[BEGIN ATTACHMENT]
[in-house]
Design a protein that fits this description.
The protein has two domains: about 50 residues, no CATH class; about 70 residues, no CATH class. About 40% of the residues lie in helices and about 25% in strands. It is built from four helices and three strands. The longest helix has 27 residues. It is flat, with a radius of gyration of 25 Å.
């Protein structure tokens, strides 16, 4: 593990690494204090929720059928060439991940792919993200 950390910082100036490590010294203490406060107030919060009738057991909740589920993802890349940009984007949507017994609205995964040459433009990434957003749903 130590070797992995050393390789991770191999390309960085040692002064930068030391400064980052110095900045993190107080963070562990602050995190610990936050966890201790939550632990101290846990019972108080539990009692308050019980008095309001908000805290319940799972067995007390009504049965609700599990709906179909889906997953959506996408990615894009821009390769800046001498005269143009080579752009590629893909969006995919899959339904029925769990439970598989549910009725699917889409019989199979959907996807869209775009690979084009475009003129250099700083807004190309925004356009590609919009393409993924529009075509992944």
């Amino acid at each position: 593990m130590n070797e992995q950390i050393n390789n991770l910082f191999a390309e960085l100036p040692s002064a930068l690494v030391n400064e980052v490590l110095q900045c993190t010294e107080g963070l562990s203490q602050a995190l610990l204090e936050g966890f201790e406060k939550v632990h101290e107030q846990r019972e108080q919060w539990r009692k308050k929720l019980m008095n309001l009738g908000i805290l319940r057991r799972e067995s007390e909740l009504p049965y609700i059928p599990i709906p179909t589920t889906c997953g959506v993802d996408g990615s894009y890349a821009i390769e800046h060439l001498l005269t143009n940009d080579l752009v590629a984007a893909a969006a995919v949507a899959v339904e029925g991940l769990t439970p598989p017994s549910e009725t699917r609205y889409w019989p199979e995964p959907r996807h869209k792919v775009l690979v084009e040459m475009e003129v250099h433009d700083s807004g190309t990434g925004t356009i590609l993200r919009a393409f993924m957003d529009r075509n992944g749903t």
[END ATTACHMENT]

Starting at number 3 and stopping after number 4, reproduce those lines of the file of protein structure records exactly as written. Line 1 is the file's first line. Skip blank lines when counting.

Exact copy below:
The protein has two domains: about 50 residues, no CATH class; about 70 residues, no CATH class. About 40% of the residues lie in helices and about 25% in strands. It is built from four helices and three strands. The longest helix has 27 residues. It is flat, with a radius of gyration of 25 Å.
């Protein structure tokens, strides 16, 4: 593990690494204090929720059928060439991940792919993200 950390910082100036490590010294203490406060107030919060009738057991909740589920993802890349940009984007949507017994609205995964040459433009990434957003749903 130590070797992995050393390789991770191999390309960085040692002064930068030391400064980052110095900045993190107080963070562990602050995190610990936050966890201790939550632990101290846990019972108080539990009692308050019980008095309001908000805290319940799972067995007390009504049965609700599990709906179909889906997953959506996408990615894009821009390769800046001498005269143009080579752009590629893909969006995919899959339904029925769990439970598989549910009725699917889409019989199979959907996807869209775009690979084009475009003129250099700083807004190309925004356009590609919009393409993924529009075509992944």